In other words, the plaintiffs are relying on laws that impose a fiduciary obligation on corporations to protect their shareholders and protect against tortious conduct like misrepresentation, not fundamental rights secured by the constitution.
But the Democratic Party’s argument remains the same as it did over 70 years ago.
From the transcript:
"The court would have to basically tell the party that it couldn't change [the neutrality rule], even though it's a discretionary rule that it didn't need to adopt to begin with." - DNC attorney Bruce Spiva
"The party could have favored a candidate. I'll put it that way. Maybe that's a better way of answering your Honor's original question. Even if it were true, that's the business of the party, and it's not justiciable." - DNC attorney Bruce Spiva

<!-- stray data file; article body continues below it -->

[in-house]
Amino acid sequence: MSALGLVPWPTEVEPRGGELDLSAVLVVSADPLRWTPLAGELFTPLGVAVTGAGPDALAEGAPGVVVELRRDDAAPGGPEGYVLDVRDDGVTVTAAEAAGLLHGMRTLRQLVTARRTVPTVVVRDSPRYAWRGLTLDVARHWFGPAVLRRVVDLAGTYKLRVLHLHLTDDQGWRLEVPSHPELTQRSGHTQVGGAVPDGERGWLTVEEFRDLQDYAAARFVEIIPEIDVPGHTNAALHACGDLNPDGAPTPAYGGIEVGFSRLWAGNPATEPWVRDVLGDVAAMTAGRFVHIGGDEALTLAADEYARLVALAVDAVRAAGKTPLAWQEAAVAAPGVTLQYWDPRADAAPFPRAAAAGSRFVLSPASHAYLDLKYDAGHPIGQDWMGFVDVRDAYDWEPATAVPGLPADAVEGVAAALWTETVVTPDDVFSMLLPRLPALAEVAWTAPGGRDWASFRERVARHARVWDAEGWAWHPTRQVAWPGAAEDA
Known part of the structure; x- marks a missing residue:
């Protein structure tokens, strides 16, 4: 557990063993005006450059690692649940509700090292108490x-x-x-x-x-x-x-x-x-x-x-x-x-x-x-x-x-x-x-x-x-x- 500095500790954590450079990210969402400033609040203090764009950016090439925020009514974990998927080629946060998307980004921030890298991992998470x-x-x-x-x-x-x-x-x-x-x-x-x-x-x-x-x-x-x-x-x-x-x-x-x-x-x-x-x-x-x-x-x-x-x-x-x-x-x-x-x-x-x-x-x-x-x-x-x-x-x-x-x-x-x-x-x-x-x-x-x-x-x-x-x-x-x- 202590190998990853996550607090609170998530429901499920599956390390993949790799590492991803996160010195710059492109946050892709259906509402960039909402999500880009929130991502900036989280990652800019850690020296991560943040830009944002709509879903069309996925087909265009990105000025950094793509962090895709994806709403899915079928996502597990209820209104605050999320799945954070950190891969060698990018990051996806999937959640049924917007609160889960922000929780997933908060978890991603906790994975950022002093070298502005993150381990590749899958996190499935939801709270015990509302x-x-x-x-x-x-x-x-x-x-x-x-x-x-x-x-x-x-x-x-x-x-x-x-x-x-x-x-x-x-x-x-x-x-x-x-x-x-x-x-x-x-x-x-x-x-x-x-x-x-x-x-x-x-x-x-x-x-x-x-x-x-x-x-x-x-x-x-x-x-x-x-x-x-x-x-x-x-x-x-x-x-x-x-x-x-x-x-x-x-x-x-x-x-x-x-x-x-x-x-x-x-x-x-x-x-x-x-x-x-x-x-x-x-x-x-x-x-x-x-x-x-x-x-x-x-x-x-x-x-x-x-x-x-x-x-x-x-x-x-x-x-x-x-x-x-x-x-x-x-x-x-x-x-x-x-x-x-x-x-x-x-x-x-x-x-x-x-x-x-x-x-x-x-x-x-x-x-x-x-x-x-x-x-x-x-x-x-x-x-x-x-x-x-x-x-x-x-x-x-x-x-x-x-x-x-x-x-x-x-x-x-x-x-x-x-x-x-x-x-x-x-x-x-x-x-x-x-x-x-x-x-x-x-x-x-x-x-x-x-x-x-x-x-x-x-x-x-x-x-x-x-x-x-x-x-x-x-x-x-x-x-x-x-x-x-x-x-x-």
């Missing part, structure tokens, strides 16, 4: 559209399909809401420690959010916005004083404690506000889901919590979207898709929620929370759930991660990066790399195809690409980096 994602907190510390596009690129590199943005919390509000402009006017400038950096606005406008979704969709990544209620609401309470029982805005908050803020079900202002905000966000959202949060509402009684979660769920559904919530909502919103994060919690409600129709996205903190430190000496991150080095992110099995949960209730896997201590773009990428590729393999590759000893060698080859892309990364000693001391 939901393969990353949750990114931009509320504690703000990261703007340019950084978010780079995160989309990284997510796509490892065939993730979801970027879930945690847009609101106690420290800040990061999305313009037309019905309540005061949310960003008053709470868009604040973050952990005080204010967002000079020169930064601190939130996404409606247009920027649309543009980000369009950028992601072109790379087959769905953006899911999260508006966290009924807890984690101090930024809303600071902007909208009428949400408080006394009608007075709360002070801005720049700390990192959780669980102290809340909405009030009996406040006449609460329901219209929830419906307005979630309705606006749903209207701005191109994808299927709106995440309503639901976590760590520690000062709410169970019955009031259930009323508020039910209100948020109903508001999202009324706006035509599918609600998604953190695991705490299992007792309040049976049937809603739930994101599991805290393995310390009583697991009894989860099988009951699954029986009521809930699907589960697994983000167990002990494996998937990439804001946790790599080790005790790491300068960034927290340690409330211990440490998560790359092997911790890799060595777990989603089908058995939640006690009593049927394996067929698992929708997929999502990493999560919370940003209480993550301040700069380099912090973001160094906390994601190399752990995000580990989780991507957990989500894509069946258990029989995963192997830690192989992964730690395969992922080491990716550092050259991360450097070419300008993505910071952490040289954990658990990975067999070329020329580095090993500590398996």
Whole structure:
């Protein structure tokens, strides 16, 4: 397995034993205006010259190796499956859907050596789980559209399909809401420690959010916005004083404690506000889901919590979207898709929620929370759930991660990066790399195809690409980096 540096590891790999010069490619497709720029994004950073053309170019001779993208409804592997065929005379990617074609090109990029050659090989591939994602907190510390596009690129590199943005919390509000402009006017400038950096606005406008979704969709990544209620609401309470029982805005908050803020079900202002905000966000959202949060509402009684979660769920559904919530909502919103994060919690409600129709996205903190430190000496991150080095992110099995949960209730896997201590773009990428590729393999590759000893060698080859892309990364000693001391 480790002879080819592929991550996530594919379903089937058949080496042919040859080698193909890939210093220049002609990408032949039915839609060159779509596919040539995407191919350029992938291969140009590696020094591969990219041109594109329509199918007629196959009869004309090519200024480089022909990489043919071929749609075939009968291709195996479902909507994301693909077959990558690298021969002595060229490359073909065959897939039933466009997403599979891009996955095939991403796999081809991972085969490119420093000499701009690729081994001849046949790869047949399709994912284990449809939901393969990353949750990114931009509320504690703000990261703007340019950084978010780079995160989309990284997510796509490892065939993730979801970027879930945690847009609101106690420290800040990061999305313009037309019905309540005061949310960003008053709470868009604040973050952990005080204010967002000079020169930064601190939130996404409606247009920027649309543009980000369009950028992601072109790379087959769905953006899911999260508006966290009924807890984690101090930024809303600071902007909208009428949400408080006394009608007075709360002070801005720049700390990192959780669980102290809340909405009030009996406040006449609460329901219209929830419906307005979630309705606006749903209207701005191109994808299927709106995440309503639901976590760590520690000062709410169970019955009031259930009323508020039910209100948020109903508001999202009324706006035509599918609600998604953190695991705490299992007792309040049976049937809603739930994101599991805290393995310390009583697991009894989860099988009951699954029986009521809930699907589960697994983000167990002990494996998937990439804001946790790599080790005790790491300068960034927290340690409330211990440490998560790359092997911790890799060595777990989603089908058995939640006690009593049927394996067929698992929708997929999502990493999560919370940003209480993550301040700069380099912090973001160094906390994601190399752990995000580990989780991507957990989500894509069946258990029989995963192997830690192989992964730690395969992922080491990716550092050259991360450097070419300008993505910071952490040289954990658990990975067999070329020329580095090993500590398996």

"[I]f you had a charity where somebody said, Hey, I'm gonna take this money and use it for a specific purpose, X, and they pocketed it and stole the money, of course that's different. But here, where you have a party that's saying, We're gonna, you know, choose our standard bearer, and we're gonna follow these general rules of the road, which we are voluntarily deciding, we could have — and we could have voluntarily decided that, Look, we're gonna go into back rooms like they used to and smoke cigars and pick the candidate that way. That's not the way it was done. But they could have. And that would have also been their right, and it would drag the Court well into party politics, internal party politics to answer those questions." - DNC attorney Bruce Spiva